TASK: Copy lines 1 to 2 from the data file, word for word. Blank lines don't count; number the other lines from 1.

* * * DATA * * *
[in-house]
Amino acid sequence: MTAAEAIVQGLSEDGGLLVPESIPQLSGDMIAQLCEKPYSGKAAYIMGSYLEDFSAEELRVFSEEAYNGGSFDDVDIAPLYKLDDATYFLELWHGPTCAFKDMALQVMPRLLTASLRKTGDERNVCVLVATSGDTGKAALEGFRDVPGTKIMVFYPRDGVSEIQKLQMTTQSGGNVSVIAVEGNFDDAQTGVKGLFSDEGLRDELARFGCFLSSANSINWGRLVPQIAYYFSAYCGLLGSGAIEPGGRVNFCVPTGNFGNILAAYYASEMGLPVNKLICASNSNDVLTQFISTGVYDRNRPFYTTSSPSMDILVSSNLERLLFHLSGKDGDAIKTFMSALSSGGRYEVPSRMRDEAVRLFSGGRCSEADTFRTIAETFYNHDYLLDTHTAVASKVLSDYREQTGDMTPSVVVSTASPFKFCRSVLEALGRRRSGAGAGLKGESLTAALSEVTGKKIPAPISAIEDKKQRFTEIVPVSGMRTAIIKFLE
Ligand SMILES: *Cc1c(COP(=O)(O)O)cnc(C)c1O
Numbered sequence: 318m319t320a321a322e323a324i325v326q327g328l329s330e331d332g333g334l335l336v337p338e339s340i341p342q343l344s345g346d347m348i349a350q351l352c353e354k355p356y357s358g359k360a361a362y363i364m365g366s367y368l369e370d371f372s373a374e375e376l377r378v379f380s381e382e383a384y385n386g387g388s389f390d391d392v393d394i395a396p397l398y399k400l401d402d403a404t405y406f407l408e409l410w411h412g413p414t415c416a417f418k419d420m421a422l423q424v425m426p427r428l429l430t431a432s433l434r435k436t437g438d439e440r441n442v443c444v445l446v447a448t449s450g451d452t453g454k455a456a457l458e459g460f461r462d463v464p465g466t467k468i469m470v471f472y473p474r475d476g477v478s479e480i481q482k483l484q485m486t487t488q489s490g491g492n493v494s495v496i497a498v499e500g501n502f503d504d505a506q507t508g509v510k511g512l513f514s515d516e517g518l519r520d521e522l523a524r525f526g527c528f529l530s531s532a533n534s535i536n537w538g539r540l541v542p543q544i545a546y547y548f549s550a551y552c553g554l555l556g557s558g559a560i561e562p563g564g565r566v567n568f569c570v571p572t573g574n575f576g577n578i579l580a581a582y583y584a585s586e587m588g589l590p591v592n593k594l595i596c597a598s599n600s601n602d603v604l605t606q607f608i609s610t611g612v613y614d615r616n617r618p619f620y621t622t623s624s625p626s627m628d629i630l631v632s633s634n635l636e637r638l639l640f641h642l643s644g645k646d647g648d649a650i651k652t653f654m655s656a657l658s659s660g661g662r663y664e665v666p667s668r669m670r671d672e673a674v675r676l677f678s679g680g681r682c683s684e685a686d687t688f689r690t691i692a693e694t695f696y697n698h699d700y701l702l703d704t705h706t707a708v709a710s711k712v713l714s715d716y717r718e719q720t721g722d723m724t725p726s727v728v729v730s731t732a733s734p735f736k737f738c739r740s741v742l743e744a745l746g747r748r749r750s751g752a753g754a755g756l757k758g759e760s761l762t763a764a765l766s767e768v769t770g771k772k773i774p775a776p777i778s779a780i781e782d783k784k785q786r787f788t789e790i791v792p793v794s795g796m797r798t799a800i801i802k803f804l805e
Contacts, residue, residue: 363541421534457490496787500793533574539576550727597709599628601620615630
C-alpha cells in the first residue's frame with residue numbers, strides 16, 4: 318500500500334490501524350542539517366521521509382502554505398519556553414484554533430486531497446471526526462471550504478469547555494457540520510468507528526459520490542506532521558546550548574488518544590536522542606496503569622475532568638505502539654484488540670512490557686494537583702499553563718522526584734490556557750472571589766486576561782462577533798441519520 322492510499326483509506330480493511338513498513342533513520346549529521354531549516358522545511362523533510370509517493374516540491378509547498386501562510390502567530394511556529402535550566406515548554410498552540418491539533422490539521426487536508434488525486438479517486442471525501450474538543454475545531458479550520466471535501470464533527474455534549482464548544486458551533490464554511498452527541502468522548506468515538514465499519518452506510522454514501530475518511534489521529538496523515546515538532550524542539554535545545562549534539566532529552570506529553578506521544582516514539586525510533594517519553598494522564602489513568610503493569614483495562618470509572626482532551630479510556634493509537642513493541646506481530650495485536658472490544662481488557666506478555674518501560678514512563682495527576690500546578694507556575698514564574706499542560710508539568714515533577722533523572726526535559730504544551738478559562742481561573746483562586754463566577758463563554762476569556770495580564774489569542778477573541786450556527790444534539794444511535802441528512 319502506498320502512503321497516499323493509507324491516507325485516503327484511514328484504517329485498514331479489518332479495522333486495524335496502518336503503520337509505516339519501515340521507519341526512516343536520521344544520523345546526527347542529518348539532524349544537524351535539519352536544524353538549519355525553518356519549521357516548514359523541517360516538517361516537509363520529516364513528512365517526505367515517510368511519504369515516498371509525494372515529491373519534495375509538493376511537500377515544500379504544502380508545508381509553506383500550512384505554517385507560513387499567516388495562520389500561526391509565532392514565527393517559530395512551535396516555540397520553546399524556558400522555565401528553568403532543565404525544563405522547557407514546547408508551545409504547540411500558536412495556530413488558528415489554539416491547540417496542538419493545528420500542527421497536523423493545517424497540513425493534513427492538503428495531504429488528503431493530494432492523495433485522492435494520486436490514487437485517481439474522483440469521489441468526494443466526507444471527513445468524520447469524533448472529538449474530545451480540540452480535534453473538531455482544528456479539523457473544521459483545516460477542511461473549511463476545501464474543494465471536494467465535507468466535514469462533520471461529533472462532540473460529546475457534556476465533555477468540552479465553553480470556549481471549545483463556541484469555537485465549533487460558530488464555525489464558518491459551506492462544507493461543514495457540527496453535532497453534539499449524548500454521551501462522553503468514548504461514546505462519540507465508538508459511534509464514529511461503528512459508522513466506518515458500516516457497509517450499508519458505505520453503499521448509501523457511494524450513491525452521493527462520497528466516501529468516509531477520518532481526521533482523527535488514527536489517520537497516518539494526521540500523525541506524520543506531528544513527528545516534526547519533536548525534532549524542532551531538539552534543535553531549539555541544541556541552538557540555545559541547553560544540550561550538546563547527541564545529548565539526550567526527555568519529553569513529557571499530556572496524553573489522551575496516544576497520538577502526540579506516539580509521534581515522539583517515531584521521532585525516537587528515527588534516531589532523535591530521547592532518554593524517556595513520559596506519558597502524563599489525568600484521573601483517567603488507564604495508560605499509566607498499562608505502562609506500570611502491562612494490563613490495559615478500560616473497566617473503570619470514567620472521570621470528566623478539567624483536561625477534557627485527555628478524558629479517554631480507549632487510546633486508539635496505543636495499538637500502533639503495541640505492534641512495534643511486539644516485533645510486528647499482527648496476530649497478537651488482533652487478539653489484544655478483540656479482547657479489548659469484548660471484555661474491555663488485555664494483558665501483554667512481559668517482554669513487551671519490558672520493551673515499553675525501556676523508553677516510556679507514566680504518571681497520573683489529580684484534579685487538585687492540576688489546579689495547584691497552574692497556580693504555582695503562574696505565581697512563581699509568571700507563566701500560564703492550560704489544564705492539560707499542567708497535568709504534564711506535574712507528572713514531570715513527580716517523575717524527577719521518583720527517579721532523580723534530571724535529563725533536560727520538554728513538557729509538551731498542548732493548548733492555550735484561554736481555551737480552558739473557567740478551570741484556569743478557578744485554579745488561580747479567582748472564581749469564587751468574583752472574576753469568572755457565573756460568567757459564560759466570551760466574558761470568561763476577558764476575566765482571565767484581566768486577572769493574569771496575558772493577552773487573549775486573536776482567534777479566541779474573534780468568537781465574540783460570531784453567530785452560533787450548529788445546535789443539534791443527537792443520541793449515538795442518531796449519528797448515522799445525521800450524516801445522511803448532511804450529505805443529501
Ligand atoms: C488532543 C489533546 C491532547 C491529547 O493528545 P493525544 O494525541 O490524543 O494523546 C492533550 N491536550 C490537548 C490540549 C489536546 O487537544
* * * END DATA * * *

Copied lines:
[in-house]
Amino acid sequence: MTAAEAIVQGLSEDGGLLVPESIPQLSGDMIAQLCEKPYSGKAAYIMGSYLEDFSAEELRVFSEEAYNGGSFDDVDIAPLYKLDDATYFLELWHGPTCAFKDMALQVMPRLLTASLRKTGDERNVCVLVATSGDTGKAALEGFRDVPGTKIMVFYPRDGVSEIQKLQMTTQSGGNVSVIAVEGNFDDAQTGVKGLFSDEGLRDELARFGCFLSSANSINWGRLVPQIAYYFSAYCGLLGSGAIEPGGRVNFCVPTGNFGNILAAYYASEMGLPVNKLICASNSNDVLTQFISTGVYDRNRPFYTTSSPSMDILVSSNLERLLFHLSGKDGDAIKTFMSALSSGGRYEVPSRMRDEAVRLFSGGRCSEADTFRTIAETFYNHDYLLDTHTAVASKVLSDYREQTGDMTPSVVVSTASPFKFCRSVLEALGRRRSGAGAGLKGESLTAALSEVTGKKIPAPISAIEDKKQRFTEIVPVSGMRTAIIKFLE